“The death penalty is not required in any case. In fact the presumptive sentence is life without parole,” he said.

“No matter what you do we can never bring Tyus Sneed and Keenan Hubert back,” he said.

“Executing Ricky Cummings won't do that.”

Tuesday the defense called seven witnesses as they tried to make the case for a life sentence for Cummings, but one of the seven wasn’t allowed to testify.

After more than 40 minutes of arguments outside of the presence of the jury, State District Judge Ralph Strother upheld a prosecution objection to the testimony of mitigation expert Amy Nguyen, who conducted a study that shows the risk factors of the area in which Cummings grew up.

Prosecutors argued she wasn’t an expert in the area and that she never interviewed anyone in Cummings’ family and the judge agreed that her testimony would not have been reliable.

Five of the defense witnesses who did take the stand were members of Cummings’ family, including his grandmother, Erma Richards, who testified she doesn't believe Cummings committed the murders.

"I'd do anything in my power for little Ricky to get life," she said. "In my heart, I don't feel he did it."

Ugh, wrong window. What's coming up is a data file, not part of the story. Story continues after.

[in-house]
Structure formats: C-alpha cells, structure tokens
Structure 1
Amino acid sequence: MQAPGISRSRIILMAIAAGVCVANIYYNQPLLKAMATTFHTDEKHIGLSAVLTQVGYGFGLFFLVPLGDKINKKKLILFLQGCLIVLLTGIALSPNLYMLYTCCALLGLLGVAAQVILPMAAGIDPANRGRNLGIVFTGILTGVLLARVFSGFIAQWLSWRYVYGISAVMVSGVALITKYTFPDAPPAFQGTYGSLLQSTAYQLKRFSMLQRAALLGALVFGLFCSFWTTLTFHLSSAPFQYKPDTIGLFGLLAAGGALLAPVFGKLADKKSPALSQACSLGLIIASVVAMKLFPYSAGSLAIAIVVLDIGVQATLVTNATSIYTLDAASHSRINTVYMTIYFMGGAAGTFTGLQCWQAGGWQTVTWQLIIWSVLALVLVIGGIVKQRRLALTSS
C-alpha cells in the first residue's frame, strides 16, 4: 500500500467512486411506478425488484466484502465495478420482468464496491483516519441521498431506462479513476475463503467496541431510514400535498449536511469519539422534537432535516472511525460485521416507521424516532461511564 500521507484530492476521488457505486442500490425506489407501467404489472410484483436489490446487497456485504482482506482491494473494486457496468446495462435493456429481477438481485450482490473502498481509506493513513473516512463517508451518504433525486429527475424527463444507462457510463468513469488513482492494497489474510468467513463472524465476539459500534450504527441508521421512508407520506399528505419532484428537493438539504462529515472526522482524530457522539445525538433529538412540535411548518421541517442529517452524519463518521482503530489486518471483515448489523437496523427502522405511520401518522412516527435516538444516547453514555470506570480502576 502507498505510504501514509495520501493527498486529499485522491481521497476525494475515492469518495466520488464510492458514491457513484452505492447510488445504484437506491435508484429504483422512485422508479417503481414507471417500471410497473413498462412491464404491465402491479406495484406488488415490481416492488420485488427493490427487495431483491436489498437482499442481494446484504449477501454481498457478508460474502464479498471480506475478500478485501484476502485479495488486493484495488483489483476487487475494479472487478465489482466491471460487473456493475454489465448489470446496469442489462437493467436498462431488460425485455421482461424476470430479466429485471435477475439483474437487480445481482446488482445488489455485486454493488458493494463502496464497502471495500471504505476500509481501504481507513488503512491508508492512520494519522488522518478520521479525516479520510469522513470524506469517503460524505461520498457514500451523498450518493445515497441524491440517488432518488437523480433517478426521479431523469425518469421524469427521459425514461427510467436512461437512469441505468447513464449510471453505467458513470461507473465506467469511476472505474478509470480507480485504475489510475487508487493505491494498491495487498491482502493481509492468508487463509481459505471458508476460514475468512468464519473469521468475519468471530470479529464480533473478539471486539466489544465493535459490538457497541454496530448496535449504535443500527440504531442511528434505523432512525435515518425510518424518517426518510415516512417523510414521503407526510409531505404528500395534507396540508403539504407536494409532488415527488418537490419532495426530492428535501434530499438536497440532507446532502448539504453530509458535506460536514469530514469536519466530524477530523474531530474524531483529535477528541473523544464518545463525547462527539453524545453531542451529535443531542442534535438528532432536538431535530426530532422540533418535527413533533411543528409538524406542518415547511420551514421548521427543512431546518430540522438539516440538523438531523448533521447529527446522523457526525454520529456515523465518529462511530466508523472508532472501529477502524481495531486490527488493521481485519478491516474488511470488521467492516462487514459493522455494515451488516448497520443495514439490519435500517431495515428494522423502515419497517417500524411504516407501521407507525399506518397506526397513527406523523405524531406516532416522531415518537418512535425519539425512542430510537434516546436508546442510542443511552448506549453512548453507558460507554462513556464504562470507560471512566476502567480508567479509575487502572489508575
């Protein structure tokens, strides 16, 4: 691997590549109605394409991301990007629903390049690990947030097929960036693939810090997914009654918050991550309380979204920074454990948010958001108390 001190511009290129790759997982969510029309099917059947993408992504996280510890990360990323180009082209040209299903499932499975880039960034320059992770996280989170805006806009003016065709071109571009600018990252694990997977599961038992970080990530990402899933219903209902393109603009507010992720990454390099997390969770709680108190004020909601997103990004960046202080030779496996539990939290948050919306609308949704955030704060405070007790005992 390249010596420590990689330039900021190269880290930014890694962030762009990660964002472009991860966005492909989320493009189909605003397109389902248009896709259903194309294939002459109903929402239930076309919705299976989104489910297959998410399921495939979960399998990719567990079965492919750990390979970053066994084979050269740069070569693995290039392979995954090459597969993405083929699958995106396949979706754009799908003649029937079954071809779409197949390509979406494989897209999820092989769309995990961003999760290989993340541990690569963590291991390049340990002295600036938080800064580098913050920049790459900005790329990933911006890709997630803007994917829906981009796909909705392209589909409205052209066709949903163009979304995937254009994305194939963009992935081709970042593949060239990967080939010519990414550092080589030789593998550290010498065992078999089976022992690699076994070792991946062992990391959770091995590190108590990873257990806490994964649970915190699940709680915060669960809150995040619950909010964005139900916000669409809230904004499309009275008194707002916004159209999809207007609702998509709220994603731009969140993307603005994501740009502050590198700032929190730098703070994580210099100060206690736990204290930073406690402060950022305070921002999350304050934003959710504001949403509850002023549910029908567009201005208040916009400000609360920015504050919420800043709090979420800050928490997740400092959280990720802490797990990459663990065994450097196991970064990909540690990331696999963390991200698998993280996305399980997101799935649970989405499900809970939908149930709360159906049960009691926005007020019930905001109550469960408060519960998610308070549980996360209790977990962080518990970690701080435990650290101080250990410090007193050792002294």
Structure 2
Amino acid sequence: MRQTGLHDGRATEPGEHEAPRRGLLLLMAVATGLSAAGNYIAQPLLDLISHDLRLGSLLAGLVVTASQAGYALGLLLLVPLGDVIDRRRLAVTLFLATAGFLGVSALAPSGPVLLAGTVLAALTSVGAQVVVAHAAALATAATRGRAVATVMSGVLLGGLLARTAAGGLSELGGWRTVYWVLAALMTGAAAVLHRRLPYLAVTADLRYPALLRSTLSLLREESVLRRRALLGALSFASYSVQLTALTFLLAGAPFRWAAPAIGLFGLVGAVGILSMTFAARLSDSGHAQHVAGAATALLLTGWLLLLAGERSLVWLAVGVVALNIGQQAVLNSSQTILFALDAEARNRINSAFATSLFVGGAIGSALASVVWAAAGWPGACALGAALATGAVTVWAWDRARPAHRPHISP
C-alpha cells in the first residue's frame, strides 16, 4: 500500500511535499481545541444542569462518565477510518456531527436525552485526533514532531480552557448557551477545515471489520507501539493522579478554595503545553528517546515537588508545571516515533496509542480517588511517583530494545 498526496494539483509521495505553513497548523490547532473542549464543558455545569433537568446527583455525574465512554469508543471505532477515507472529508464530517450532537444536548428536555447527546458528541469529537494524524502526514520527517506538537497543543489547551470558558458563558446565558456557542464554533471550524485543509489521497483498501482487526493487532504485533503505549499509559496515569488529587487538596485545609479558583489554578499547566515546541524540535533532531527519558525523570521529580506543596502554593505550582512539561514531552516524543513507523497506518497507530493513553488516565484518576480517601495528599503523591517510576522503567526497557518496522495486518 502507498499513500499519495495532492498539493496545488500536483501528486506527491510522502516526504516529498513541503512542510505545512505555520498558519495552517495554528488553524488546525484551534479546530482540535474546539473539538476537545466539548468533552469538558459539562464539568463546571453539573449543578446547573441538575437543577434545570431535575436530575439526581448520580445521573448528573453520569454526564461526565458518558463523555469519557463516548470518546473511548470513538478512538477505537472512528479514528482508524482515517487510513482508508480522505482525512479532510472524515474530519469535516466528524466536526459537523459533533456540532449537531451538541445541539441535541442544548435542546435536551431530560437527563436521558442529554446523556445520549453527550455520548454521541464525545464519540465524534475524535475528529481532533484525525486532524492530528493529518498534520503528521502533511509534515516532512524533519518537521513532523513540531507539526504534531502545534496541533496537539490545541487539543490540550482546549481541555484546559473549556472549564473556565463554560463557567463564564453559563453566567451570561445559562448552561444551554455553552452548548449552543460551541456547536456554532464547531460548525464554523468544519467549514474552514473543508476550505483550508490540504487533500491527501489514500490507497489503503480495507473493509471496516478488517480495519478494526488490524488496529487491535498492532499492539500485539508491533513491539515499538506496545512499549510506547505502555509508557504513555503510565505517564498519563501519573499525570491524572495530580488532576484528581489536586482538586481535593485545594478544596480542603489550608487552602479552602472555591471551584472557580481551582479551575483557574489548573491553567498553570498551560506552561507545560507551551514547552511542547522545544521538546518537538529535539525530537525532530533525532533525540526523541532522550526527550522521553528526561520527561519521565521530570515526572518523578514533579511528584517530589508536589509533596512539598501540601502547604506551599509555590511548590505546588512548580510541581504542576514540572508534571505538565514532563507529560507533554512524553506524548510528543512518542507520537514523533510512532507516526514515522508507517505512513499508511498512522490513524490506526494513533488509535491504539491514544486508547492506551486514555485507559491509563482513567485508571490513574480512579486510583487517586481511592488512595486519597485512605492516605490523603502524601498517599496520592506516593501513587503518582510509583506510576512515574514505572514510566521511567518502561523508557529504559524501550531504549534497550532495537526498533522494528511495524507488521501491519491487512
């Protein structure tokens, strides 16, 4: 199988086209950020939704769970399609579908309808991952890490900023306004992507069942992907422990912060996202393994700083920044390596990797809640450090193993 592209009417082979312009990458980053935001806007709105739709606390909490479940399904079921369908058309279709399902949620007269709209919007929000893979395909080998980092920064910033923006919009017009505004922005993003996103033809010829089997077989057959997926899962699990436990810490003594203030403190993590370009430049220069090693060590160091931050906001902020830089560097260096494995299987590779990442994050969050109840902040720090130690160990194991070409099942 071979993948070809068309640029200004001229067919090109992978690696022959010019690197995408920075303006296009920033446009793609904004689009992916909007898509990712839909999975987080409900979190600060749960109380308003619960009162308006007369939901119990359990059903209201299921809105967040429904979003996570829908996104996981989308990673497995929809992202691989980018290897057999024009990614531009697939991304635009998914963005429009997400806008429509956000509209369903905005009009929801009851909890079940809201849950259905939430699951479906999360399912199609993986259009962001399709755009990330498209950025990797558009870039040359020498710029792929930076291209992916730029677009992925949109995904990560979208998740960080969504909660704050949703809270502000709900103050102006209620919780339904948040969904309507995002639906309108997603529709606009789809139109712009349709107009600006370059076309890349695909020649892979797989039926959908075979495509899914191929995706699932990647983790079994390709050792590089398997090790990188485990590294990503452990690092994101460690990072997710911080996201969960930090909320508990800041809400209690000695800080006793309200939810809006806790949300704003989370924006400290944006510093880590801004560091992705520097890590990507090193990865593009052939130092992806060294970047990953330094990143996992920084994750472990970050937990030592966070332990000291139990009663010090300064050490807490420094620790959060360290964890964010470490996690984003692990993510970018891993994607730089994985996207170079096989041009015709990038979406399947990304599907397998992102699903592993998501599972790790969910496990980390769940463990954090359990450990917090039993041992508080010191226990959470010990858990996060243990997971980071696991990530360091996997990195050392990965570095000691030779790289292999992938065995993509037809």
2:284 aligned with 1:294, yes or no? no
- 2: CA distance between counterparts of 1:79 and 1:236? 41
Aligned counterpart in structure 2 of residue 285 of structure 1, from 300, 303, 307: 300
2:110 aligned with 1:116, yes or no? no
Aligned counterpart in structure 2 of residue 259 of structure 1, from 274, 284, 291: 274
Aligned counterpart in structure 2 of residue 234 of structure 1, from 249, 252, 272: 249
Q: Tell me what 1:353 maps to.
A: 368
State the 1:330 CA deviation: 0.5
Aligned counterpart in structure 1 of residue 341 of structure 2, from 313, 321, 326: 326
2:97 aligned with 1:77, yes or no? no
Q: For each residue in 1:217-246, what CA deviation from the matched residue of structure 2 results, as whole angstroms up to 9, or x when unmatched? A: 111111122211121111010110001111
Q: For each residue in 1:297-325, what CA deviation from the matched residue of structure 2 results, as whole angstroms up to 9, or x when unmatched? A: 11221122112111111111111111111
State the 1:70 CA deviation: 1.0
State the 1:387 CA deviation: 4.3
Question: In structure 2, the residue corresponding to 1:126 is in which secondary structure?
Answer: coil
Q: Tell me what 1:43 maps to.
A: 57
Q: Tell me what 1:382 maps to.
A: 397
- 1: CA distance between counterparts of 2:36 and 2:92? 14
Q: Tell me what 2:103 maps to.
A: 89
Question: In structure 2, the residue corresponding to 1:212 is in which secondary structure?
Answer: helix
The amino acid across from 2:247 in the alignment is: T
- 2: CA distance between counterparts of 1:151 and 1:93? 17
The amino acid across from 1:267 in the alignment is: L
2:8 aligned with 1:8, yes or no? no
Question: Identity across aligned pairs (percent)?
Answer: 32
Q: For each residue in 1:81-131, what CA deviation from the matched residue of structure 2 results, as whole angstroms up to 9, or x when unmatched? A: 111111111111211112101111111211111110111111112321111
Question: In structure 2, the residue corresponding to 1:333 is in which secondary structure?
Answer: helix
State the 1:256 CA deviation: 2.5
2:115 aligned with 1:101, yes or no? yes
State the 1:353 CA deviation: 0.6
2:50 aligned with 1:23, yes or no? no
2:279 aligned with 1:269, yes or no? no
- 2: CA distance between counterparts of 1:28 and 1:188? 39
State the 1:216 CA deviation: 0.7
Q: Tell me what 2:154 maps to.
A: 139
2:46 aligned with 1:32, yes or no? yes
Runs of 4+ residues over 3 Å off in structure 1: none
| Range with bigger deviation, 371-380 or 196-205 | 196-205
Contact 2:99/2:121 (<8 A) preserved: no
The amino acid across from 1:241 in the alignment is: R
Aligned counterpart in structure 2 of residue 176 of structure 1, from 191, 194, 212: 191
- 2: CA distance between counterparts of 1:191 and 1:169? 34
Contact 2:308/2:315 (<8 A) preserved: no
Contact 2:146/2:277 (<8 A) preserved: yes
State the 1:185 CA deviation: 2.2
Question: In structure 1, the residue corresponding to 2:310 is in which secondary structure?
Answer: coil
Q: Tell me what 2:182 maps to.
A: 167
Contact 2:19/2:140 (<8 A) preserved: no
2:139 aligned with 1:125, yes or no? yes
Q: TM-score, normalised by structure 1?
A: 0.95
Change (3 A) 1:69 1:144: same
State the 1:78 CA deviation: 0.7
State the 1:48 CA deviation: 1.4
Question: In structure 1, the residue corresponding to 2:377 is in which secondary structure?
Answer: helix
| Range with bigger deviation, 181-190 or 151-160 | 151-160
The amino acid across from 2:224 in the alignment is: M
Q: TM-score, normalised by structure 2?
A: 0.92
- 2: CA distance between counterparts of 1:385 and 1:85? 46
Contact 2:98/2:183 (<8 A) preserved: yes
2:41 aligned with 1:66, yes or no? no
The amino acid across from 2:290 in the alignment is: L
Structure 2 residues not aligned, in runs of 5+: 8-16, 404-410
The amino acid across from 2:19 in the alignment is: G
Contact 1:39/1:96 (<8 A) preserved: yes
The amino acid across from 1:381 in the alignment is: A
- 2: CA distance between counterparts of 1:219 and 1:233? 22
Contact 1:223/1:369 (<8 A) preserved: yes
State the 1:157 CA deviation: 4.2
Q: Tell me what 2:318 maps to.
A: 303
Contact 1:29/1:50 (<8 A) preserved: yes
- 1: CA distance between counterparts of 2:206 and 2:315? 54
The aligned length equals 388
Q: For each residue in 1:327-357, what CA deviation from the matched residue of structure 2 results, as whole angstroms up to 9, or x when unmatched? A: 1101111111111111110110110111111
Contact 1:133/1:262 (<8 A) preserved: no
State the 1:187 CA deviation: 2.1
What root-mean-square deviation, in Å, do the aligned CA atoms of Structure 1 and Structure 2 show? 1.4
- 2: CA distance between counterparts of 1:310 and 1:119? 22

Strother admonished her, saying the issue no longer is guilty but punishment.

Annette Wilkerson, Cummings' aunt, testified that the picture prosecutors painted of Cummings is of another person.

Cummings' cousin Jarrett Embrey, of Rockdale, testified that while growing up he and Cummings "wanted to play ball, get girls and look fresh."

"I think he deserves a chance at living," Embrey said.

Another aunt, Ruby Brown, said Cummings was a respectful child when he was growing up and enjoyed a loving family.

On cross-examination she said she was not aware of any problems Cummings had with the law or that he was suspected of selling drugs.

Brittany Haynes, the mother of Cummings’ son, testified Cummings was a good father who loved his son, but under cross-examination, prosecutors established that Cummings once threatened her and prosecutors provided a police report to prove the incident.

Haynes also admitted after the incident she left Waco and moved to another city where she severed her ties with Cummings.

The final witness called by the defense was retired Texas Department of Criminal Justice official Frank Aubuchon, who testified that if Cummings is sentenced to life, he will be classified as a member of the Bloods gang because of his tattoos and will be held under high security.